Is an acid-reflux-diet what you really need for stomach-acid or just some simple changes in your everyday eating habits?
The best diet according to some sources is really no specific diet at all, at least not in the sense that we understand regular diets to be.
Instead of only eating certain foods and avoiding others, the option is to simply eat smaller quantities and over larger intervals during the course of the day. In time, this is supposed to reduce any heartburn symptoms.
There are mixed opinions as to the causes of stomach-acid backing up the esophagus.
Too much caffeine and and heavily spiced foods are thought to be the culprits of this uncomfortable burning sensation also referred to as heartburn or heartburn indigestion.
If you are over-indulging in too much of one or the other in a short time, it makes sense. The culprit for me actually is coffee in the mornings and nothing else with it.
Heartburn occurs when stomach-acid comes up and seems to be stuck in the back of the throat. This is a very sour and bitter taste and sometimes feels like it takes forever to ease off. It's called heartburn because you can feel it in your chest. If the pain is bad enough, people may think they are experiencing a heart-attack. Not a pleasant feeling at all!
Most people rely on an acid-reflux-diet consisting of pills which they can take and bring some quick but sometimes temporary relief. There are many different ideas of how to actually get rid of it.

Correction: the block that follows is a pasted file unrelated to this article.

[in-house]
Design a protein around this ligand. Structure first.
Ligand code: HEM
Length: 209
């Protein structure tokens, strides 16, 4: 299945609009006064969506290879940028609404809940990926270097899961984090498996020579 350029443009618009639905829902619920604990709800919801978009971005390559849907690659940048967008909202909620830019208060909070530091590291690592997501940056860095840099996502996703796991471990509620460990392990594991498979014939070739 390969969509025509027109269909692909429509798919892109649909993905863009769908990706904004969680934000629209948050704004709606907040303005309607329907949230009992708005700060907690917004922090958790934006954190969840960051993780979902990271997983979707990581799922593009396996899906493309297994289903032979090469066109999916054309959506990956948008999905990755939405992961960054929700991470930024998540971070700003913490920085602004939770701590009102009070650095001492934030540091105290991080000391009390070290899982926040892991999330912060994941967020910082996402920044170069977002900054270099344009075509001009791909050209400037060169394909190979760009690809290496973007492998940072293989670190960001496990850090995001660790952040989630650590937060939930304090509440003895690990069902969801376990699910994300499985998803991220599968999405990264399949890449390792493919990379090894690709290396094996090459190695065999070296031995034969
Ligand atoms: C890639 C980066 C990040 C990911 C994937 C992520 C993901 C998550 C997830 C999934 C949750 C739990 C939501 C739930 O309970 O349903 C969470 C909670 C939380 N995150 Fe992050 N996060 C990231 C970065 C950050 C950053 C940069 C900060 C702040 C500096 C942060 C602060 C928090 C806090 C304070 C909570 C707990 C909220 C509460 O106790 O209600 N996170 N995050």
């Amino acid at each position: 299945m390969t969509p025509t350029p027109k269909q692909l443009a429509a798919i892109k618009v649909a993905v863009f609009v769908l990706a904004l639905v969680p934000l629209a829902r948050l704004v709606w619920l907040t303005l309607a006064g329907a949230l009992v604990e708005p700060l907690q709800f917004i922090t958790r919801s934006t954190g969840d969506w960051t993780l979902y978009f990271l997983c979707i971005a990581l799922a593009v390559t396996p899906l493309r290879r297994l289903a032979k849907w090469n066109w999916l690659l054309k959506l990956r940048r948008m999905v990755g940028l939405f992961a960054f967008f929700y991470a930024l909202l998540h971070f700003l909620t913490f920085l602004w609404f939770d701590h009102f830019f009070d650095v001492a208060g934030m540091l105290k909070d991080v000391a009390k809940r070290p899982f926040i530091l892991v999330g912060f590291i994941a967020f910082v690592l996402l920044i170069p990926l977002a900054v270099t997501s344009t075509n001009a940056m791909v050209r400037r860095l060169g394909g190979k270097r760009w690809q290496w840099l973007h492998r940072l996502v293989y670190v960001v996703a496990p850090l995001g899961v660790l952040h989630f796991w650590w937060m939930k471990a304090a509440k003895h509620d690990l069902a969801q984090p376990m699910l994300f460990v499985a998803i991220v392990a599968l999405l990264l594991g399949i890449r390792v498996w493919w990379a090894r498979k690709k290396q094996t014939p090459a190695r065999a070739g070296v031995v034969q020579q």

There are a number of herbal remedies as well that have been long-used by the native peoples of other lands.
Chewing on a piece of rhubarb was a relief for Native Americans. Not too surprising since rhubarb has long been associated with providing relief for a number of ailments.
The stomach-acid is apparently neutralized by the production of saliva which comes from constant chewing.
Fennel oil, and fennel tea has been used also and fennel seeds are available in most grocery stores.
Along with rhubarb, peppermint has been used as well for relief. Peppermint leaves can be chewed or added to tea.
Peppermint oil is popular and found in the drugstores. I
do know for a fact that a drop of essence of peppermint in a bottle of water was good for relieving gas symptoms in babies. I used that method many times.
Chalky drinks are ok, but do leave an after-taste that people don't like too much.
A little bit of irony? Rhubarb acidity is anywhere from 3.10 to 3.40 in the acidic range, which is considered "mildly acidic." It could cause a bit of heartburn too, and it might not. So, don't over-do on a good thing.
Acid-reflux or heartburn is very common, but if you experience it frequently, it should be checked by a Physician. If your present diet doesn't even include caffeine or any kind of spicy foods, then this is all the more reason to consult your Doctor.
Other topics that may be of interest...Rhubarb can be a help or a hindrance, or not the culprit at all. Click on the pictures.